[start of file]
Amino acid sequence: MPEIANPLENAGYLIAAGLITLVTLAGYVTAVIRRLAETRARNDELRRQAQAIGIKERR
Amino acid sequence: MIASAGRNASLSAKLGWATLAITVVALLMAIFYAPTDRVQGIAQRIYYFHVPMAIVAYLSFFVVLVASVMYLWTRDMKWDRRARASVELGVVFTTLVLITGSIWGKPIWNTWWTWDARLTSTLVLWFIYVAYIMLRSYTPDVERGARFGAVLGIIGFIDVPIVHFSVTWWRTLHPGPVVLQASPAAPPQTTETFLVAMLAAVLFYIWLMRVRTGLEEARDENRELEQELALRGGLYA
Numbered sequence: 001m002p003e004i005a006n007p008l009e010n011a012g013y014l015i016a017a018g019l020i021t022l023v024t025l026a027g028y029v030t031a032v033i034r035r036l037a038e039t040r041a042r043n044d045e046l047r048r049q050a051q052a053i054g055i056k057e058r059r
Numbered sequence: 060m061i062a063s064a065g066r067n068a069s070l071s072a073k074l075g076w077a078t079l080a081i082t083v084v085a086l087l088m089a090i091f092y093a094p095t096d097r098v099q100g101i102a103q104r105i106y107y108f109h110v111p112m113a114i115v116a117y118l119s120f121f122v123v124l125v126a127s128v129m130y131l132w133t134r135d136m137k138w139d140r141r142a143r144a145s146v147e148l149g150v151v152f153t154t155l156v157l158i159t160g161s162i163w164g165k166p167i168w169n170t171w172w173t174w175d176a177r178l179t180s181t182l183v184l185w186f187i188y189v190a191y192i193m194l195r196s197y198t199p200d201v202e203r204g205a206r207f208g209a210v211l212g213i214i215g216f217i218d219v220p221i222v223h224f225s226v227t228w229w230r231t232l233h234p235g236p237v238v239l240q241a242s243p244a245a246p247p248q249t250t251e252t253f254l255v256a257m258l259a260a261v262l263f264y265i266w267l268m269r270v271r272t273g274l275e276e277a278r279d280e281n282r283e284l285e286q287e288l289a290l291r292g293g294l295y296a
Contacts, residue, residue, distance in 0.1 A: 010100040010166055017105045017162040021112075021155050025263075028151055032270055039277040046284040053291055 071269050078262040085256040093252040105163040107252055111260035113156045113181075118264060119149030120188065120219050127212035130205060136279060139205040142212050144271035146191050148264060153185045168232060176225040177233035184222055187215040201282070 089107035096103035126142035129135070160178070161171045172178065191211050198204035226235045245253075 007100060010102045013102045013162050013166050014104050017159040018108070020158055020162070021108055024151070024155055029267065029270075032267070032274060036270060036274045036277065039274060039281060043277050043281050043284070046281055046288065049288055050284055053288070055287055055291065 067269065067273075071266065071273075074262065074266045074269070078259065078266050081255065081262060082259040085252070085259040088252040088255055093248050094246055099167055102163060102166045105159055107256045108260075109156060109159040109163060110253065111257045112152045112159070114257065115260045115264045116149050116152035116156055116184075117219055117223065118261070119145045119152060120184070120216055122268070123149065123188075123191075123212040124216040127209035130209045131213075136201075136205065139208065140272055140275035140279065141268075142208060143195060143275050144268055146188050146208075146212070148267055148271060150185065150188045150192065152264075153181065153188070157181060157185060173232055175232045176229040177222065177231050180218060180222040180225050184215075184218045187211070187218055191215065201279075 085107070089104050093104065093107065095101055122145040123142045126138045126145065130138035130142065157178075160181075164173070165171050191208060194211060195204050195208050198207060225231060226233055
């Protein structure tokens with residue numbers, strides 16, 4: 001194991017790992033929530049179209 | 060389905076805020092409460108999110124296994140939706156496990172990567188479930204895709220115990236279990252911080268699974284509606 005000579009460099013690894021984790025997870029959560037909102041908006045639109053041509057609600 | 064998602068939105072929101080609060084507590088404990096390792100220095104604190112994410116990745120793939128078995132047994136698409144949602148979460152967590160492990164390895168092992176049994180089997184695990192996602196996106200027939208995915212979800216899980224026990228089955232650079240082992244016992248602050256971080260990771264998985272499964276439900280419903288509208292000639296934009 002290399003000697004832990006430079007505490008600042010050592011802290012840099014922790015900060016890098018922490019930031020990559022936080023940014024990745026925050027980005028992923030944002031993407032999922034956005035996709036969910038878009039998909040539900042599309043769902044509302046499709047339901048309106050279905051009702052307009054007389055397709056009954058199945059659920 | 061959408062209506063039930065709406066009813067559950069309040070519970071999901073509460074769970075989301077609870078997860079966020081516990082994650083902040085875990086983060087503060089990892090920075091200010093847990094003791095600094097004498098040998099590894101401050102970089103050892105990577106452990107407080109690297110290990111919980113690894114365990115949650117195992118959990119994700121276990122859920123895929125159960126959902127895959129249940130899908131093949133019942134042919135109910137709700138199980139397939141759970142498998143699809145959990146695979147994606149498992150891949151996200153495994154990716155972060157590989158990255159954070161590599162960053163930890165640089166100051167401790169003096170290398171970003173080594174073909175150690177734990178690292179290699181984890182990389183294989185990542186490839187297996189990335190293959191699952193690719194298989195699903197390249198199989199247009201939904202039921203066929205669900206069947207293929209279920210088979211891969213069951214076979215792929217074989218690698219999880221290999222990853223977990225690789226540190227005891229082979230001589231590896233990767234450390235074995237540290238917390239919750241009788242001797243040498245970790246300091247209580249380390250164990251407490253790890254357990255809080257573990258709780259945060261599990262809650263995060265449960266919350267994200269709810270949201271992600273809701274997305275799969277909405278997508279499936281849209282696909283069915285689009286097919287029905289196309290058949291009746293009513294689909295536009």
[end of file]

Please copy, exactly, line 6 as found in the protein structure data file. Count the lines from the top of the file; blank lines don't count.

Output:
């Protein structure tokens with residue numbers, strides 16, 4: 001194991017790992033929530049179209 | 060389905076805020092409460108999110124296994140939706156496990172990567188479930204895709220115990236279990252911080268699974284509606 005000579009460099013690894021984790025997870029959560037909102041908006045639109053041509057609600 | 064998602068939105072929101080609060084507590088404990096390792100220095104604190112994410116990745120793939128078995132047994136698409144949602148979460152967590160492990164390895168092992176049994180089997184695990192996602196996106200027939208995915212979800216899980224026990228089955232650079240082992244016992248602050256971080260990771264998985272499964276439900280419903288509208292000639296934009 002290399003000697004832990006430079007505490008600042010050592011802290012840099014922790015900060016890098018922490019930031020990559022936080023940014024990745026925050027980005028992923030944002031993407032999922034956005035996709036969910038878009039998909040539900042599309043769902044509302046499709047339901048309106050279905051009702052307009054007389055397709056009954058199945059659920 | 061959408062209506063039930065709406066009813067559950069309040070519970071999901073509460074769970075989301077609870078997860079966020081516990082994650083902040085875990086983060087503060089990892090920075091200010093847990094003791095600094097004498098040998099590894101401050102970089103050892105990577106452990107407080109690297110290990111919980113690894114365990115949650117195992118959990119994700121276990122859920123895929125159960126959902127895959129249940130899908131093949133019942134042919135109910137709700138199980139397939141759970142498998143699809145959990146695979147994606149498992150891949151996200153495994154990716155972060157590989158990255159954070161590599162960053163930890165640089166100051167401790169003096170290398171970003173080594174073909175150690177734990178690292179290699181984890182990389183294989185990542186490839187297996189990335190293959191699952193690719194298989195699903197390249198199989199247009201939904202039921203066929205669900206069947207293929209279920210088979211891969213069951214076979215792929217074989218690698219999880221290999222990853223977990225690789226540190227005891229082979230001589231590896233990767234450390235074995237540290238917390239919750241009788242001797243040498245970790246300091247209580249380390250164990251407490253790890254357990255809080257573990258709780259945060261599990262809650263995060265449960266919350267994200269709810270949201271992600273809701274997305275799969277909405278997508279499936281849209282696909283069915285689009286097919287029905289196309290058949291009746293009513294689909295536009």